Starring: Jessica Walter, Sally Field, Eleanor Parker
On a stormy Christmas Eve, married Jo (Jill Haworth), alcoholic Freddie (Jessica Walter) and young Christine (Sally Field) are summoned back to their old country home by their sister Alex (Eleanor Parker) to help settle a disturbing family matter; their father (Walter Brennan) suspects that his current wife Elizabeth (Julie Harris) has been slowly poisoning him as she's rumored around town to have murdered her own husband the same way years ago. Paranoid and desperate to save himself, he orders his daughters to do the unspeakable: murder his wife!
With some of the sisters not being big fans of their patriarch and his condescending tongue, the women mostly scoff off his demands and see his ramblings as nothing more than senility finally getting to the old man. After one uneasy Christmas Eve dinner and an incident with Freddie getting suicidal-drunk, Jo decided to brave the storm and ride out to catch a flight back, only to be pitchforked dead by a figure in a yellow rainslicker and red gloves. It appears that there is indeed a murderer within the family, but could it be Elizabeth as their father suspected all along? Or perhaps another lunatic out to thin down the family?
As a made-for-TV proto-slasher, Home For The Holidays plays less like your standardized bodycounter filled with murdered teens and masked hulks, and more like a cozy Sunday afternoon whodunnit thriller packed with a few familiar horror tropes. Little slasher set-ups like a bonafide chase through the dark, rainy woods and the killer skulking around ala point-of-view shots do occasionally pop up, but majority of the play doesn't abide by the typical slasher trappings completely, thus the twisty surprises in its direction often come genuine and enticing, even if the story bogs down into TV soap territories more often than it needs to. Thankfully, the film doesn't overstay its welcome and gets the intrigue rolling as soon as the women are made aware of their father's plight, squeezing in Gothic sensibilities, Hitchcockian flair (Psycho (1960) screenwriter Joseph Stefano did wrote this) and an impressive performance from its casts to keep this murder plot exciting albeit the minimal, bloodless bodycount.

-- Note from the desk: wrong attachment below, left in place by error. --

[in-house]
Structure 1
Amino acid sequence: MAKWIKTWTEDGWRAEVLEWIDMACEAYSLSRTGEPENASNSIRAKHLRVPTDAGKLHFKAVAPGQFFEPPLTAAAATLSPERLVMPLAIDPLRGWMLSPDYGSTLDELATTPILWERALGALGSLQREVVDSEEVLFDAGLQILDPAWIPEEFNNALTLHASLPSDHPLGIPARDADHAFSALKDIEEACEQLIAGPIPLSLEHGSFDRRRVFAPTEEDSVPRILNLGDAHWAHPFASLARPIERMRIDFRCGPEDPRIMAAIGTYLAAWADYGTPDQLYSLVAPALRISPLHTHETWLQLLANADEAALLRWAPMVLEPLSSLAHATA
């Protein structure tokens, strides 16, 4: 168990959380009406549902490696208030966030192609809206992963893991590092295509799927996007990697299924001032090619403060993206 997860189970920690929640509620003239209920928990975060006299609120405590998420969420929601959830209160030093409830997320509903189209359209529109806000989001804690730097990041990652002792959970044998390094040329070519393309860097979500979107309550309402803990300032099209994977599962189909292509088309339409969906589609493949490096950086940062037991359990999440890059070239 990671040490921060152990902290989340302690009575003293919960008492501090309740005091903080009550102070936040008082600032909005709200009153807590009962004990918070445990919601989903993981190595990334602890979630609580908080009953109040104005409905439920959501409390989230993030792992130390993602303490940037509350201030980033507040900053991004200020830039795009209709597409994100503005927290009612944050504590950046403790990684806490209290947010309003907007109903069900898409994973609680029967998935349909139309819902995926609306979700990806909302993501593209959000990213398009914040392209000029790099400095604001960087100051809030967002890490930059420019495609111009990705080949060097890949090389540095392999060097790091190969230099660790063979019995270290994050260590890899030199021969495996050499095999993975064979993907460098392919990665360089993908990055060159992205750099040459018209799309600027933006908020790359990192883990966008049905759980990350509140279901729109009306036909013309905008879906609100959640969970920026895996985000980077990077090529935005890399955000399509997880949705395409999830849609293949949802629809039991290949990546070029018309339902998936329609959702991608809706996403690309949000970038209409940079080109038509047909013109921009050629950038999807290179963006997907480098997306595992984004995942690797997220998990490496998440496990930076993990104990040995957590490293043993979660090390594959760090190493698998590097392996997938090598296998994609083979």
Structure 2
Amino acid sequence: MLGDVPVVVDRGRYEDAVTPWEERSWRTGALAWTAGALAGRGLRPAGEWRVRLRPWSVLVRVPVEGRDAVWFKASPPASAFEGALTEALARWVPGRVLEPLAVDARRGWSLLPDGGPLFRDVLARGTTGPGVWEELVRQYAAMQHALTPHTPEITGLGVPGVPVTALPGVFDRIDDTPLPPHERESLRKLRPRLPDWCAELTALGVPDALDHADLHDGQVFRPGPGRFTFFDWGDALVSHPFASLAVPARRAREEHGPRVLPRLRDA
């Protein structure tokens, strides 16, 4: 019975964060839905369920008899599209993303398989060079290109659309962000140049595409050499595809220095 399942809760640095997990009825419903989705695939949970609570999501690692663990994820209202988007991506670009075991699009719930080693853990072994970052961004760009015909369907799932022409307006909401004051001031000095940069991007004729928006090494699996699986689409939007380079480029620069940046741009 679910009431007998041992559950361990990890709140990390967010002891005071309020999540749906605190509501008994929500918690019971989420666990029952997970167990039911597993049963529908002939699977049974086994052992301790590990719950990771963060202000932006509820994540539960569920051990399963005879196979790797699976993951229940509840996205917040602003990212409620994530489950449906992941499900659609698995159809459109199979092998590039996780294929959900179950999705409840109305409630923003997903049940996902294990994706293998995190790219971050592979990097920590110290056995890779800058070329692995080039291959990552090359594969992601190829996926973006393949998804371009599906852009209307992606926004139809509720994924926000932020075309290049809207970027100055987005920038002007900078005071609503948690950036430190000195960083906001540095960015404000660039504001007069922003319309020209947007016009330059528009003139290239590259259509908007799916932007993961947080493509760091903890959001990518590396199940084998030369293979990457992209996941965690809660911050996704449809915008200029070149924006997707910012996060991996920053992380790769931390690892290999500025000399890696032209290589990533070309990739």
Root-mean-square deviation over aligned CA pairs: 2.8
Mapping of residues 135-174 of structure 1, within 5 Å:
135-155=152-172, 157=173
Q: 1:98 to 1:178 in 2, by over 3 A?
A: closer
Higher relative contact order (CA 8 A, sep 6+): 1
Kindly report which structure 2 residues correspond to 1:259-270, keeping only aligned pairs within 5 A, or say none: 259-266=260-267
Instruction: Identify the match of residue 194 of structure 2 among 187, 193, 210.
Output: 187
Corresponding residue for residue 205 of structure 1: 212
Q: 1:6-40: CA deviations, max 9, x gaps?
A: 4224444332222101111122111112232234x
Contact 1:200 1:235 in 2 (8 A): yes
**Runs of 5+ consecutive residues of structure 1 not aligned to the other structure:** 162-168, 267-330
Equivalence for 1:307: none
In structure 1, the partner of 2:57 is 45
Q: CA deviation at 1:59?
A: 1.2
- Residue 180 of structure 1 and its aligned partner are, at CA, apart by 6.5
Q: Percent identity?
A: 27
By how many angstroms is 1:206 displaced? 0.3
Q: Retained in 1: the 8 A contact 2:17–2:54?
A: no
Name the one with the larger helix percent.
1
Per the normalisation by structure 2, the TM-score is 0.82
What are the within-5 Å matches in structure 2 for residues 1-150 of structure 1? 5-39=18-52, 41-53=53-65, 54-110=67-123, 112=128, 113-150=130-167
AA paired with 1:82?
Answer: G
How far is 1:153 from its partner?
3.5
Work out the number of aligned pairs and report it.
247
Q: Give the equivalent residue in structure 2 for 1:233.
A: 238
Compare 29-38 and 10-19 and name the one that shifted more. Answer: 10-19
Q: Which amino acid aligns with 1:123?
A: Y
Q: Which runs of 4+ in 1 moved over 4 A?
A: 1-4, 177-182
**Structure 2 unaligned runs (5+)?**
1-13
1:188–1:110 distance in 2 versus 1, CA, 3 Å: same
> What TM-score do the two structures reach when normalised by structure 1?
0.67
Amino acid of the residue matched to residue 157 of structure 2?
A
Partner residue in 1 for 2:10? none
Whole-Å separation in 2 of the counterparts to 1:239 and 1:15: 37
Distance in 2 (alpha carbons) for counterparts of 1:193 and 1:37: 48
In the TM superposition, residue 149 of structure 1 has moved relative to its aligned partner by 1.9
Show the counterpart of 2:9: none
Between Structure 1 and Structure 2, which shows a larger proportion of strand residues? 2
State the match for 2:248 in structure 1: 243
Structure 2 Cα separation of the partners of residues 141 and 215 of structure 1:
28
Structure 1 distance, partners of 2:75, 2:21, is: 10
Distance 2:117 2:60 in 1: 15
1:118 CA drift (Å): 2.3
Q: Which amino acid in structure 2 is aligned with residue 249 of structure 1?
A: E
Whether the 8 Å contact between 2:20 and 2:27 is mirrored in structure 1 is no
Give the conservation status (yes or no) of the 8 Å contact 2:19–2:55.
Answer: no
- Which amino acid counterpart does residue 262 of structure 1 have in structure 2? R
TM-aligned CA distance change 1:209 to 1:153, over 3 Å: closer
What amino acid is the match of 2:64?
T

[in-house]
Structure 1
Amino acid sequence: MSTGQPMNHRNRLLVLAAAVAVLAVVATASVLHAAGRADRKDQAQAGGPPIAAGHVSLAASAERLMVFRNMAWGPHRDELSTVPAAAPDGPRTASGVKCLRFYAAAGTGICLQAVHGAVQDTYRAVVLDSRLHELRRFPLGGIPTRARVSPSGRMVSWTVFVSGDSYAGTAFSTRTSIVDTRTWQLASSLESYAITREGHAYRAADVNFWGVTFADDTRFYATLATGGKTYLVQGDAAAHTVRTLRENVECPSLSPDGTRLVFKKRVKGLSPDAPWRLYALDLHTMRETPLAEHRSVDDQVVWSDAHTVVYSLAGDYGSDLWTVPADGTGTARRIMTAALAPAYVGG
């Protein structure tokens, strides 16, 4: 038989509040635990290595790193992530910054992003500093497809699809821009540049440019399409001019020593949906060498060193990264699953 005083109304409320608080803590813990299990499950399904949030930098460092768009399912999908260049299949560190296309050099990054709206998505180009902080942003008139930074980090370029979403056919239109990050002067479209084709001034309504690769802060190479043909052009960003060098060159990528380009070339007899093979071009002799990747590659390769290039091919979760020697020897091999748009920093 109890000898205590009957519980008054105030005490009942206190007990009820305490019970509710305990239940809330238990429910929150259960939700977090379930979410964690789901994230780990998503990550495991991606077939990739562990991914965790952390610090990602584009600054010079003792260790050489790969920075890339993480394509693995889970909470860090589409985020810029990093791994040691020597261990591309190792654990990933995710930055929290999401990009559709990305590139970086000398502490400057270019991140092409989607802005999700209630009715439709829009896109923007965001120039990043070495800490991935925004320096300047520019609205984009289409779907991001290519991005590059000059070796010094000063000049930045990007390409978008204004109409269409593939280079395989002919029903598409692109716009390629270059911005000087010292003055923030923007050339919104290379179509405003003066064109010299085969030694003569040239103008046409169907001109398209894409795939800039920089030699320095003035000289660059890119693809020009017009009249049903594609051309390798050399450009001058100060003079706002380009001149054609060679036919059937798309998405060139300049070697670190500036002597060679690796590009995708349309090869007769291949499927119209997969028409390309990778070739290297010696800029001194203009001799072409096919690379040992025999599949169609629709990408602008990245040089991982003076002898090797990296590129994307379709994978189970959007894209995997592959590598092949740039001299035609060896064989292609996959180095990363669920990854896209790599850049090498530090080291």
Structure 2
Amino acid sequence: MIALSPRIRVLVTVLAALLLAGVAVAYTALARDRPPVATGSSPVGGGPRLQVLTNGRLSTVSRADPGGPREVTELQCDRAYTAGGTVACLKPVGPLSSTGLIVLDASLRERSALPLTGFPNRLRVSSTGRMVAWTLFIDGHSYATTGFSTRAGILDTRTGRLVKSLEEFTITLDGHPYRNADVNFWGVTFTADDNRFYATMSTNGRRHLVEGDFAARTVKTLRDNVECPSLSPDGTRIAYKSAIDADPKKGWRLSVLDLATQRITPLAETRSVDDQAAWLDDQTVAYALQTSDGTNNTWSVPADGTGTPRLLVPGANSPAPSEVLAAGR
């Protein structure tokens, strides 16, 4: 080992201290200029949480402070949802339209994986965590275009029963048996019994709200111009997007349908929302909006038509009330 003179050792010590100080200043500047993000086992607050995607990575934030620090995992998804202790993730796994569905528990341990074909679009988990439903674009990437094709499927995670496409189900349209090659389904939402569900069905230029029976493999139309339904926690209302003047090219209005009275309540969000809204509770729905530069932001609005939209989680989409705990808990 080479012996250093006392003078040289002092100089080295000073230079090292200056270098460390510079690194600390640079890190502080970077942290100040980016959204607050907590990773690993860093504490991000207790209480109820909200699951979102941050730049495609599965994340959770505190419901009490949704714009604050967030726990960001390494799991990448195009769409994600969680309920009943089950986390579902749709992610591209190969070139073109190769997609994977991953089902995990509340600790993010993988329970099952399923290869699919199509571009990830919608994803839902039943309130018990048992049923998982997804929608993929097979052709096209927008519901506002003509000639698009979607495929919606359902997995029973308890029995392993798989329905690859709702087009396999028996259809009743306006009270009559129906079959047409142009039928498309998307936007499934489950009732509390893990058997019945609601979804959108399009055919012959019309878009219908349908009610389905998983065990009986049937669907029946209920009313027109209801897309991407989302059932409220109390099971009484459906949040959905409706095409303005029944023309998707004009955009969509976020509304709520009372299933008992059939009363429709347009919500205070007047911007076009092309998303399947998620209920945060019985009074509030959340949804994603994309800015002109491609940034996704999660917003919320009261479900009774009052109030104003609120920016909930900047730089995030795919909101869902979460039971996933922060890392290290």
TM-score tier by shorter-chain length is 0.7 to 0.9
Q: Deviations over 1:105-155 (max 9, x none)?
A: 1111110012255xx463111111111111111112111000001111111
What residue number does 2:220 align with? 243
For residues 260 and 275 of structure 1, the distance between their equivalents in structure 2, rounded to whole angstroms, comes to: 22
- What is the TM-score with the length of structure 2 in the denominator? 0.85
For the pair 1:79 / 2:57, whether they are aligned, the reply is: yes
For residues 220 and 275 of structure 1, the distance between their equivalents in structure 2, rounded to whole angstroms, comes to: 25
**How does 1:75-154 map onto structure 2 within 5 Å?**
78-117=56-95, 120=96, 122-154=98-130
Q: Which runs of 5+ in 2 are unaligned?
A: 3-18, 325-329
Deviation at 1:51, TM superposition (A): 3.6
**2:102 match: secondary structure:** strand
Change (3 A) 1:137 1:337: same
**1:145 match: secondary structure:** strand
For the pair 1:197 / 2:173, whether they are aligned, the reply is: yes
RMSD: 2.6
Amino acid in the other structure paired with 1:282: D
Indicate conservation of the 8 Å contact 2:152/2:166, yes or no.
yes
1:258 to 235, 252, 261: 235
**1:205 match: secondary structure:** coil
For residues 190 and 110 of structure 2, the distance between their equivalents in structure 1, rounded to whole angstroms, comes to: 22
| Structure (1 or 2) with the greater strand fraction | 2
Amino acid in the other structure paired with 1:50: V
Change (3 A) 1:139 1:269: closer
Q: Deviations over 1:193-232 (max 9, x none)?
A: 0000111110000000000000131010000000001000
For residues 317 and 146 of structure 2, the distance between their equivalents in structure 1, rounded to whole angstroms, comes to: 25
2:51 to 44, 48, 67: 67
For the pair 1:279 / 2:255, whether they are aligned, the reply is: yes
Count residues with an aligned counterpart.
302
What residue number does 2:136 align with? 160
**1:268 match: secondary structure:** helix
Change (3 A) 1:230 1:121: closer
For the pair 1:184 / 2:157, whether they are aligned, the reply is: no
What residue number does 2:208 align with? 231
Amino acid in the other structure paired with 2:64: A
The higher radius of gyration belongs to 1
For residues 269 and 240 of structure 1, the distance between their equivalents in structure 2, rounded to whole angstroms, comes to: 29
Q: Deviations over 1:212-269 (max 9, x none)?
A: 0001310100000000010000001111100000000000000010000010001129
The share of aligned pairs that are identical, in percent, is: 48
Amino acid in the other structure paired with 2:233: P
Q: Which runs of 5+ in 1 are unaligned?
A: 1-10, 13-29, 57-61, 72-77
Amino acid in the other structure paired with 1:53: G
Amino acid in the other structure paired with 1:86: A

Hardly a complicated film to sit through, Home For The Holidays (1972) is a simple holiday thriller in the vein of paperback mystery novels, or at least a longer episode of Murder, She Wrote. If you fancy yourself a fun whodunnit that doesn't go all-out exploitative, this is a fair title to indulge in and enjoy during the Winter holidays or whenever it's raining outside.
1 female stabbed in the back with a pitchfork
1 female pulled into a bathtub, drowned
1 male murdered, method unknown